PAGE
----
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  • “Requirements Kill”

    Posted by Jonathan on June 8th, 2007 (All posts by )

    A commenter on the post immediately preceding this one links to his own thoughtful essay on project management. This kind of thing may be old hat for the PM gurus here but it’s meat to me. You might like the essay if you, like me, are interested in the dynamics of managing big technical projects, and particularly if you are interested in how projects fail.

     

    One Response to ““Requirements Kill””

    1. LotharBot Says:

      One thing that tends to cause problems in systems is poorly scoped requirements… requirements that span multiple segments of a system. This is what leads to situations where subsystem A changed and subsystem B has to be modified to compensate, only team B has no idea. You have two segments of a system that have to jointly combine to meet a particular requirement, so neither group has responsibility for actually meeting it.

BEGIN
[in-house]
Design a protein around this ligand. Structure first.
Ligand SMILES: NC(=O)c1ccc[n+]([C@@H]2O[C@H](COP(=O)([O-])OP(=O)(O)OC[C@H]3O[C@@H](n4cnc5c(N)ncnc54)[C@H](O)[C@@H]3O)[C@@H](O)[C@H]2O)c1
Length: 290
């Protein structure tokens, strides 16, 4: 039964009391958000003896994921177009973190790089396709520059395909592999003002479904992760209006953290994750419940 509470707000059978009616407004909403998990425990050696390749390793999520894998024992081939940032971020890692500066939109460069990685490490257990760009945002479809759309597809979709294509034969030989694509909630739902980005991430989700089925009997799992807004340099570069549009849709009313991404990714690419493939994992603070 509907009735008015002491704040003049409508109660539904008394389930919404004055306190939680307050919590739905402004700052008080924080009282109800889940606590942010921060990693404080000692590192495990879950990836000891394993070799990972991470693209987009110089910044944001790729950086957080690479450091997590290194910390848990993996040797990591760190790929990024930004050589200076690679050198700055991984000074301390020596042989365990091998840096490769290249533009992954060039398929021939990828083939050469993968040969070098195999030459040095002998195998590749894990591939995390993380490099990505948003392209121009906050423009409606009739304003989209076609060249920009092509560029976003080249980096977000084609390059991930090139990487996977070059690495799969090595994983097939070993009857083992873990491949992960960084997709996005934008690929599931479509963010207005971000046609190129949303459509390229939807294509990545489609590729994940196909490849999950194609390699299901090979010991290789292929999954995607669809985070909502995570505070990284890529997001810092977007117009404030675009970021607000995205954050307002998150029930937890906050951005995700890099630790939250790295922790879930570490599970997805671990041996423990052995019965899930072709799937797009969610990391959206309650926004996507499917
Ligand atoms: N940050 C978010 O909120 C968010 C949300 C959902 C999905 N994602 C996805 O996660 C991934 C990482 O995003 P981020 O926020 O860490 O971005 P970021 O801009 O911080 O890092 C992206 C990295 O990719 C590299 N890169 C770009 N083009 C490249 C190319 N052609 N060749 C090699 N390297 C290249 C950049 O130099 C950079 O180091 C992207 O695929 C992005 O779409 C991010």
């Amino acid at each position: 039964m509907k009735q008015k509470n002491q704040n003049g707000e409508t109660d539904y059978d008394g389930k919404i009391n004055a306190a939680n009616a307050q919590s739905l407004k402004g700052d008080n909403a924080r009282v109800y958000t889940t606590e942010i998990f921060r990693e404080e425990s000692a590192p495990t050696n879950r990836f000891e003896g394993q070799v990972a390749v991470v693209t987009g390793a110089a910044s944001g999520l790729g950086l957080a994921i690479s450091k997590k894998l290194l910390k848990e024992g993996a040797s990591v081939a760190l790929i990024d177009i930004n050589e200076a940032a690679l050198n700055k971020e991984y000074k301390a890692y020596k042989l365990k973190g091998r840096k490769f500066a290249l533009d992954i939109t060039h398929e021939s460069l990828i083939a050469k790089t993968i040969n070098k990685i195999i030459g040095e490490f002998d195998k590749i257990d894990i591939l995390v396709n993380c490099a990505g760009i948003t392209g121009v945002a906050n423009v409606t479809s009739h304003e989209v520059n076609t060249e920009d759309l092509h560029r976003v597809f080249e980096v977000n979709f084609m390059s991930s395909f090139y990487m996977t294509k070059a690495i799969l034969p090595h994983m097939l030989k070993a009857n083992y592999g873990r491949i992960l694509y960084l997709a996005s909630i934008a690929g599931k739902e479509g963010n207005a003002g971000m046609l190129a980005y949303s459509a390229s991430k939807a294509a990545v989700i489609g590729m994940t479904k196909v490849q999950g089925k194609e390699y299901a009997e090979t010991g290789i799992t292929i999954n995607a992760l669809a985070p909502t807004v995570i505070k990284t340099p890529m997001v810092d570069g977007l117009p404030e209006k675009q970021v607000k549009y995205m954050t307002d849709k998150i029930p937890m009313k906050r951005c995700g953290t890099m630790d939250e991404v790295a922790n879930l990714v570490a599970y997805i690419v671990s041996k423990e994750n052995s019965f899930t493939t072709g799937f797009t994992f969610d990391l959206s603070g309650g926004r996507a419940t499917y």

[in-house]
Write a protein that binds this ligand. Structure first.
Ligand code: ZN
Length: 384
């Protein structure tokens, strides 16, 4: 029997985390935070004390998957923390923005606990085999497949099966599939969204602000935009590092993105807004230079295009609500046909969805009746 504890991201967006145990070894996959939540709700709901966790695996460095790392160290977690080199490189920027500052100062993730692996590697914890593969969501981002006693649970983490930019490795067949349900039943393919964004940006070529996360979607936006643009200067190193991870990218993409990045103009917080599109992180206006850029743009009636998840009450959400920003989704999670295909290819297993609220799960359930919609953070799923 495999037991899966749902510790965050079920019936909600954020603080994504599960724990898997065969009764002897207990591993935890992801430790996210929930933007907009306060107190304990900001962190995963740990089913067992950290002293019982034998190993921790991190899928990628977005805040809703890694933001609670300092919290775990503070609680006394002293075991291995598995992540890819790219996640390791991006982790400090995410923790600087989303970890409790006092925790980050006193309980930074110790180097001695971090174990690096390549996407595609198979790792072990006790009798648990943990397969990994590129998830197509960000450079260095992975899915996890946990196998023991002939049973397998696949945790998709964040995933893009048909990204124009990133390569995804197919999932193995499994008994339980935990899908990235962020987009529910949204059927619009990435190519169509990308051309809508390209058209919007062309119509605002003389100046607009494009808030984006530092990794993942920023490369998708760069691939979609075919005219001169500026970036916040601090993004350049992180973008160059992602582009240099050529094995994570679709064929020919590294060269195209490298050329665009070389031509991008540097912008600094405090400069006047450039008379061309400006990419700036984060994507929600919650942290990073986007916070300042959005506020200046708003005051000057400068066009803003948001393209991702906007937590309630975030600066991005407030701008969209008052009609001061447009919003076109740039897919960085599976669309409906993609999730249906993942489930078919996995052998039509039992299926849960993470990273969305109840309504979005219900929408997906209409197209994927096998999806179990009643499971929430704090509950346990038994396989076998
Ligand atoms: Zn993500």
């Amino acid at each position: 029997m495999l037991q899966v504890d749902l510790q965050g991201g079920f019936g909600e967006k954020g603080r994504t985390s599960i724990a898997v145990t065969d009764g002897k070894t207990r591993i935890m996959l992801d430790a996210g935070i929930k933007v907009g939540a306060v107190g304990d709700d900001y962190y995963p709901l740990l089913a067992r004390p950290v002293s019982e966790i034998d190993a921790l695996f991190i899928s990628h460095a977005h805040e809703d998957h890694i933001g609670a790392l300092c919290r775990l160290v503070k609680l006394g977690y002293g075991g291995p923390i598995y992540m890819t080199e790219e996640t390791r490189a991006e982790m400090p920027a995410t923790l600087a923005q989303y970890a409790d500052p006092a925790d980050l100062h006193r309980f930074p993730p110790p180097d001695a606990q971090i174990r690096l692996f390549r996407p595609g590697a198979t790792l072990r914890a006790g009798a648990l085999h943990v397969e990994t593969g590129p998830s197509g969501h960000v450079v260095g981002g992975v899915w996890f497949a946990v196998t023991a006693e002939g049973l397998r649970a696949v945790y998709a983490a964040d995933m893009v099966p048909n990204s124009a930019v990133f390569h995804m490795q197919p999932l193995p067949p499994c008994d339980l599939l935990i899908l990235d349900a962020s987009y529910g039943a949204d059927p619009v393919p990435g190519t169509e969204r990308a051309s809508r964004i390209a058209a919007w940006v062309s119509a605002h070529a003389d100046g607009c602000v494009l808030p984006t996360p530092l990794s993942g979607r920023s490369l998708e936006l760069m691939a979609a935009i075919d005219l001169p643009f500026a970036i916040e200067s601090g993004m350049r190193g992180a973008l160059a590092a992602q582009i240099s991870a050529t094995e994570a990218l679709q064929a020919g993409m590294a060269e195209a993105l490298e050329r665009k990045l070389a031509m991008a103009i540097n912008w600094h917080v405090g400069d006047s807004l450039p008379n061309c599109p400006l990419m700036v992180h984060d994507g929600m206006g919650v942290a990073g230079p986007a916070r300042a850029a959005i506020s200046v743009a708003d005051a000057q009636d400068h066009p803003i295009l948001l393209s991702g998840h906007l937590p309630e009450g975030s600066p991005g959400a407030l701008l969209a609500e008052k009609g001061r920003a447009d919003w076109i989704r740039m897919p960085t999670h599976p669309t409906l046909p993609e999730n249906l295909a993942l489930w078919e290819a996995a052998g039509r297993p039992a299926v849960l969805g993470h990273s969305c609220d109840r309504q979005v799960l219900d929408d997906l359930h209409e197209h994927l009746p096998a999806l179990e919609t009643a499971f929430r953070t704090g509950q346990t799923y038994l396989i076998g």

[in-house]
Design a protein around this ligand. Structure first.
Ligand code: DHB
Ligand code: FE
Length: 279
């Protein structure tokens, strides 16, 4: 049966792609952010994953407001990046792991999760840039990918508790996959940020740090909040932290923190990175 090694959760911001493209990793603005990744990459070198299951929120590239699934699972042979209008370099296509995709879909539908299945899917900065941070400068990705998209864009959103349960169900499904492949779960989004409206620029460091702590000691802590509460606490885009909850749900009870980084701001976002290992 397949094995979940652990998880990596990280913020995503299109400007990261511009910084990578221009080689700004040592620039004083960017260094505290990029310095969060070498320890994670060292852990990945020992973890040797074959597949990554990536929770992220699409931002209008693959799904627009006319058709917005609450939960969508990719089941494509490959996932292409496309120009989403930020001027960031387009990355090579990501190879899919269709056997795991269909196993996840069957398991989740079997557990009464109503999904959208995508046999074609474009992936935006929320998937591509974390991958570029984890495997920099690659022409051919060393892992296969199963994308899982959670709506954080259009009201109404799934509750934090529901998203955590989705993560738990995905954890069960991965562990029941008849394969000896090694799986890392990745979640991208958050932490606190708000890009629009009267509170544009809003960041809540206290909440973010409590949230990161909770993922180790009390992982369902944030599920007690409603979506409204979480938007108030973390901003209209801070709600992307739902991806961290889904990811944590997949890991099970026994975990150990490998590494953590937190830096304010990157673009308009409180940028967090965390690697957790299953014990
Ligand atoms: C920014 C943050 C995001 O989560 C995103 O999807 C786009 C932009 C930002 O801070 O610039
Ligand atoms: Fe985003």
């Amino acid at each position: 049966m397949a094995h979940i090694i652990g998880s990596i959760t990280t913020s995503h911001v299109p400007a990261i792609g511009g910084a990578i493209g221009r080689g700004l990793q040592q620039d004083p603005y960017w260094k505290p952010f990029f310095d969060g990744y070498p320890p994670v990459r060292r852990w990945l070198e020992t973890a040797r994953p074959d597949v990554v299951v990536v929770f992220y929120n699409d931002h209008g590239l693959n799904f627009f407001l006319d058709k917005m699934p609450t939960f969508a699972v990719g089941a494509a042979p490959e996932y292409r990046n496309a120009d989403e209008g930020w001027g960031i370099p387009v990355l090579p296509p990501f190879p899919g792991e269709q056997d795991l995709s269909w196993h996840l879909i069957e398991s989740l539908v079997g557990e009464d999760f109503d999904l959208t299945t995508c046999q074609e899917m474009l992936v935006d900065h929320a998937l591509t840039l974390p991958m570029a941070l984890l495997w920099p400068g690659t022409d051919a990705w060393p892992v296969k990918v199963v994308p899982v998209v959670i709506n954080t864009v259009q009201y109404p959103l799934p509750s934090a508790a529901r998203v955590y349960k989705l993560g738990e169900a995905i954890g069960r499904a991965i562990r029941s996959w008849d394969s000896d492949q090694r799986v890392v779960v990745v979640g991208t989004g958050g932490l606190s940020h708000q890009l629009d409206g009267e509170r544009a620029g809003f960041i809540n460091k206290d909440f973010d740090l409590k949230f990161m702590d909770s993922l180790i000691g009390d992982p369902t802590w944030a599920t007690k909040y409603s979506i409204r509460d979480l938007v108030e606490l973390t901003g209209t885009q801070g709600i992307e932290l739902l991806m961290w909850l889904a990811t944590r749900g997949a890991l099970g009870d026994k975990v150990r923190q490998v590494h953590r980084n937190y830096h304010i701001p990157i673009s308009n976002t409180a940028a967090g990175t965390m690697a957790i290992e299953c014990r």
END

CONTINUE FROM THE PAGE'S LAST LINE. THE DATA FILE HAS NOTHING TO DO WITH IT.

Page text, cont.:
What you want to do is put your requirements at the interfaces — at each step where you break the system down into smaller parts, the requirements you create should describe explicitly how each part interacts with each other part. That way, both teams know that if they’re going to change something, they have to change their parent requirements, which will require an explicit change in the other system.

      What kills systems isn’t exactly too many requirements… it’s too many requirements with too little structure and nobody taking responsibility to keep them working together. It’s requirements without a common goal or common oversight.

      (‘course, I could be wrong… my wife is the SE, not me.)

      When we’re talking about laws, safety regulations, etc. the same is true — too many laws or regulations without a common goal, common oversight, or sensible structure simply become a tangled mass of ugly. The “sensible structure” part is really important. If you can’t tell how one rule/law/requirement fits into the larger structure, you can’t make judgement calls about it. You don’t know how important it is, what the consequences of failing to meet it will be, and so on.